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When Harvey Weinstein allegedly propositioned actress Lupita Nyong’o to skip dinner and join him in a “private room upstairs,” she said in a first-hand account in The New York Times that her meeting with him took place at one of New York’s most iconic restaurants, Tribeca Grill.
Trish Goff, a model who has been on the covers of Vogue, Cosmopolitan and Elle, told The New York Times that when Weinstein allegedly groped her, it too, happened at Tribeca Grill.
A downtown Manhattan haunt favored by the famous, Tribeca Grill opened in 1990 and is co-owned by actor Robert De Niro. The restaurant is located in the heart of affluent Tribeca.
Above the restaurant sits The Weinstein Company’s New York headquarters and Weinstein’s now former office.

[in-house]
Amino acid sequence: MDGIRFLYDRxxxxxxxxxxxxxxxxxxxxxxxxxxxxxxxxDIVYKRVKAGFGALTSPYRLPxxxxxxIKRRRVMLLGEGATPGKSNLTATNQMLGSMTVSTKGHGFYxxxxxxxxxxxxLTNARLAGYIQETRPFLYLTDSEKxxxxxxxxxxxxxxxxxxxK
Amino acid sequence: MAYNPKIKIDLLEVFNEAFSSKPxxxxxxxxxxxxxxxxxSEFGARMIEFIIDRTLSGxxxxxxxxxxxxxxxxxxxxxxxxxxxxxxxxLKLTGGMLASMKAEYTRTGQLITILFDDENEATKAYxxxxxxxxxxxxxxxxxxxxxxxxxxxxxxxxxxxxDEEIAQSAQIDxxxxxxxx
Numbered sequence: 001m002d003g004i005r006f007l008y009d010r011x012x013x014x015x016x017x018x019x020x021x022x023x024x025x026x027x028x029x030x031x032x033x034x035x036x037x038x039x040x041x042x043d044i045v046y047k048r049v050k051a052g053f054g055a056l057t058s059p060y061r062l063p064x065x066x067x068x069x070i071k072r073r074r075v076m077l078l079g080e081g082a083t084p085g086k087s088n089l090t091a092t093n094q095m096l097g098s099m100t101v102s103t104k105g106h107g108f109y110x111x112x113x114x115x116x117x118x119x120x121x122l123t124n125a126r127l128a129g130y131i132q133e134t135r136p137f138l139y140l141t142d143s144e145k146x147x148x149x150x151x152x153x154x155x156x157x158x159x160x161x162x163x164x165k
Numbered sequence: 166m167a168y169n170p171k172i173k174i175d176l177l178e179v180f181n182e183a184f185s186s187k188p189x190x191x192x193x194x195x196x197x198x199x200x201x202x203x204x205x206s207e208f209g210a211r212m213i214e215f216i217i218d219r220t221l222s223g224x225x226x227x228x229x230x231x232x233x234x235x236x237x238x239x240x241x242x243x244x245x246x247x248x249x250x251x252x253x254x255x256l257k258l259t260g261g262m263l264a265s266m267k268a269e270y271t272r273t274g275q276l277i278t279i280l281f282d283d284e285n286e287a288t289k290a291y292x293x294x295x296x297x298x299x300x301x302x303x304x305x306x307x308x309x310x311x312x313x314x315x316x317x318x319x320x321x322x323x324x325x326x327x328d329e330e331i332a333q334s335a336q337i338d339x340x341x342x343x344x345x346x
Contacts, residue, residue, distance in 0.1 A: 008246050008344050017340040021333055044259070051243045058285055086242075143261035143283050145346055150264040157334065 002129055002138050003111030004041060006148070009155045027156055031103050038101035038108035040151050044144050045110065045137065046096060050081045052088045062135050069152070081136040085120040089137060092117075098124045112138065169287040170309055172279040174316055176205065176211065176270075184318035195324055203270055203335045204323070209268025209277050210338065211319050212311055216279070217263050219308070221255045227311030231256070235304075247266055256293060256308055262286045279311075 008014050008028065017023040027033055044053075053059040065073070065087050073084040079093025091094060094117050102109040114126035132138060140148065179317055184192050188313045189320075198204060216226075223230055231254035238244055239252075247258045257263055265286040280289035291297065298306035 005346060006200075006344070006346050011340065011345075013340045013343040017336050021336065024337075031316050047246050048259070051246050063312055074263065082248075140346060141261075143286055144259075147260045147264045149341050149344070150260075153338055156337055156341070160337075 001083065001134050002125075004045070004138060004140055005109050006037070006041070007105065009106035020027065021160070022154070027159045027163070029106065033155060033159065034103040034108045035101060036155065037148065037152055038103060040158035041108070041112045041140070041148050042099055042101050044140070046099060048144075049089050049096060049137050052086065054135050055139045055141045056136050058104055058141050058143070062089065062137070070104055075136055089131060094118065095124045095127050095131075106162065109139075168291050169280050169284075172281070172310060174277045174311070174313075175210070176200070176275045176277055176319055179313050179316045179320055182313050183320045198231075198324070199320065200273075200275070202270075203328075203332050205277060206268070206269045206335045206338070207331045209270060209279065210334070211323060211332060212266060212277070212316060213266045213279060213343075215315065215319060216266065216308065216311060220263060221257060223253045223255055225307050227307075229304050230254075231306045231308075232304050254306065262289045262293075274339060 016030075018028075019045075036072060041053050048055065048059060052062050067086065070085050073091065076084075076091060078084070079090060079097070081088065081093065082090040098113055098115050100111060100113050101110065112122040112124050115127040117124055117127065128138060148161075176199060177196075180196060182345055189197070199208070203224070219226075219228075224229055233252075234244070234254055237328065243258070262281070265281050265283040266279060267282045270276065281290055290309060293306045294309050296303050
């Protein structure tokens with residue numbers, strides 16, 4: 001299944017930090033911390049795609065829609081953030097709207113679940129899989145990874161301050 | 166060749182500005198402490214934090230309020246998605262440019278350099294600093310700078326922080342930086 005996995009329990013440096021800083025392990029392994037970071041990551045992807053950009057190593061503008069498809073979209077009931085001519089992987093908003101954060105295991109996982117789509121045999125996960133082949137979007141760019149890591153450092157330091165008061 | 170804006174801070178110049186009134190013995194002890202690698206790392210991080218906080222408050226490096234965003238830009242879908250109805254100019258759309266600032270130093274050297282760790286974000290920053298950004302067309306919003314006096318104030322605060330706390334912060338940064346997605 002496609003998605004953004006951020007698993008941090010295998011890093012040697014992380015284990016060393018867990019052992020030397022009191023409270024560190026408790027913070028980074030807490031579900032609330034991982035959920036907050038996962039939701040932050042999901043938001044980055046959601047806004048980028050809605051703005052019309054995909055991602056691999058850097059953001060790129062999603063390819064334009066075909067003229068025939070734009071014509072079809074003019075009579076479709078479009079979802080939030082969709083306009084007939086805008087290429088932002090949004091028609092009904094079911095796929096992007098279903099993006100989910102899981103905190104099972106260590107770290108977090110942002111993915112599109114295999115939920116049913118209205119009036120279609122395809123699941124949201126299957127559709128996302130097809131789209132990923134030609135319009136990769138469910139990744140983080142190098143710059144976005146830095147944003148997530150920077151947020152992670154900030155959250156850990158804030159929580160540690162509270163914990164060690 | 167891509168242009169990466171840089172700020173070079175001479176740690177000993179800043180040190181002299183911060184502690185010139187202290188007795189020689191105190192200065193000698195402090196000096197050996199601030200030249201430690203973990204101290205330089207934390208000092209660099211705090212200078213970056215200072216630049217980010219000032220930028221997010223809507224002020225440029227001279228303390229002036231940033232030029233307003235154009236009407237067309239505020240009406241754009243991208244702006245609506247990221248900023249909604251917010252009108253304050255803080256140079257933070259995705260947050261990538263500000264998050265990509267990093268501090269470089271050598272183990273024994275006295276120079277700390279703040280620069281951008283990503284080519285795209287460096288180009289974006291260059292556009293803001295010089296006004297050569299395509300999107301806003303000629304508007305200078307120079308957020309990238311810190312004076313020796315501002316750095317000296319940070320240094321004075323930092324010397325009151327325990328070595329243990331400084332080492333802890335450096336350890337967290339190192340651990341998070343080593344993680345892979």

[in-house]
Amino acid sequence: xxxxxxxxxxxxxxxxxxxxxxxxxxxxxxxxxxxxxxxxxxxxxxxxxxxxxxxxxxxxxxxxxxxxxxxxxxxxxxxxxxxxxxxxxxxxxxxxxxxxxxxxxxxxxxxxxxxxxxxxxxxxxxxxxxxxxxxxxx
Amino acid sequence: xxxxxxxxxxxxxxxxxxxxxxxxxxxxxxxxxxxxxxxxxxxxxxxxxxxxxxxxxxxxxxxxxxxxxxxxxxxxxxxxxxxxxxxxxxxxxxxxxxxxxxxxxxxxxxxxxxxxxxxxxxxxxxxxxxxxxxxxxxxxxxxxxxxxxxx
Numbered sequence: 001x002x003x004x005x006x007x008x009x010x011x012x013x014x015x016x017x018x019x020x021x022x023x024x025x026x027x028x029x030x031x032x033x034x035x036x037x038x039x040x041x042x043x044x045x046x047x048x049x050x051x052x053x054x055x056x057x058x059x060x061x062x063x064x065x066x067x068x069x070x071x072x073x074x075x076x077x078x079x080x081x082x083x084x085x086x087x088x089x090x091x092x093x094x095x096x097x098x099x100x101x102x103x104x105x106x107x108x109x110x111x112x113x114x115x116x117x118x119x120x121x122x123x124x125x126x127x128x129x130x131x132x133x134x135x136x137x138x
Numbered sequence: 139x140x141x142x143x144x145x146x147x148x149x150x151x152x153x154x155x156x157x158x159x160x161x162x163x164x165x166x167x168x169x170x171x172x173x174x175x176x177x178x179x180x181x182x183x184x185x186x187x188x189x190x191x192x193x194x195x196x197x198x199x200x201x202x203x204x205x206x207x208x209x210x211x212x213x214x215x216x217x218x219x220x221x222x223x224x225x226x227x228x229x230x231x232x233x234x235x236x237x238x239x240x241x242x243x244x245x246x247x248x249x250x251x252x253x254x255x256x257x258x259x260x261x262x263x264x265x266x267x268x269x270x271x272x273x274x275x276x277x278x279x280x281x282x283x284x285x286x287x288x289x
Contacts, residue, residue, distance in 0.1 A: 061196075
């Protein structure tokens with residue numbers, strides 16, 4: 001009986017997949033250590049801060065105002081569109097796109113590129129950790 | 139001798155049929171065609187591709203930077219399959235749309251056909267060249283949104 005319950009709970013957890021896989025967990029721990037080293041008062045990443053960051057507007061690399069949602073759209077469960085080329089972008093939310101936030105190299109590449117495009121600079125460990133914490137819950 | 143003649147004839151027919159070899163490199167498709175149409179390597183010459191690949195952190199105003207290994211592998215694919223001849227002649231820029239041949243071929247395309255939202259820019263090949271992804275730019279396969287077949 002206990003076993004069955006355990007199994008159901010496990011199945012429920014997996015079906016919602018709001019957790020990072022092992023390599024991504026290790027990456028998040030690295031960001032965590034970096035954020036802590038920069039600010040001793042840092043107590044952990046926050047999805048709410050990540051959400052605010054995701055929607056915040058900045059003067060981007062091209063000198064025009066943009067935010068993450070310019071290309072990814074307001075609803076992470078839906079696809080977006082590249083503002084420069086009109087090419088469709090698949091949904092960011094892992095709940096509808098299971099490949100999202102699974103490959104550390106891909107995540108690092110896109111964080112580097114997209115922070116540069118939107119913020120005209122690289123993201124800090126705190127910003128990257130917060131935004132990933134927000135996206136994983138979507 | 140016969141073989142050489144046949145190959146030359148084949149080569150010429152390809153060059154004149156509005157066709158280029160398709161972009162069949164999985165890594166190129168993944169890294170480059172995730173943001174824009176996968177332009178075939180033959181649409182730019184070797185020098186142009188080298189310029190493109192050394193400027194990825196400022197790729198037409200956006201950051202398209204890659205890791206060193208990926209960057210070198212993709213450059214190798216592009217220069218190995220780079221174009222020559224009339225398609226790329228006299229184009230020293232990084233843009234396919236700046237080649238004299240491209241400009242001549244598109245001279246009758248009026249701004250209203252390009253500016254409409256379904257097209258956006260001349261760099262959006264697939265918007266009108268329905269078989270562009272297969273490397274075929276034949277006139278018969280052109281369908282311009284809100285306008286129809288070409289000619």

The restaurant’s impressive ambiance belies some of the shocking behavior that allegedly took place when Weinstein showed up to dine.
The mogul routinely subjected servers to his tantrums and frequented the restaurant with young women who often disappeared with him for hours at a time before returning to their table to food that grew cold, according to three former restaurant employees who witnessed the behavior. Those sources described to CNN a pattern of behavior that includes groping and pushing alcohol on women who didn’t want to drink. Their accounts bear a striking resemblance to what Goff and Nyong’o allege in their personal testimonies about their encounters with the now disgraced Hollywood heavyweight.
“Weinstein was notorious for taking all sorts of ‘meetings’ with all sorts of young women,” said one former employee who worked at the restaurant for nearly a decade starting in 2005. “We’d always go, ‘Oh there’s Harvey Weinstein at the table with another young girl.'”
Servers often got a “heads up” from one of Weinstein’s assistants that he was on the way to the restaurant with a “client.” He was typically seated at “his table” in the back of Tribeca Grill near the kitchen and away from the public’s prying eyes.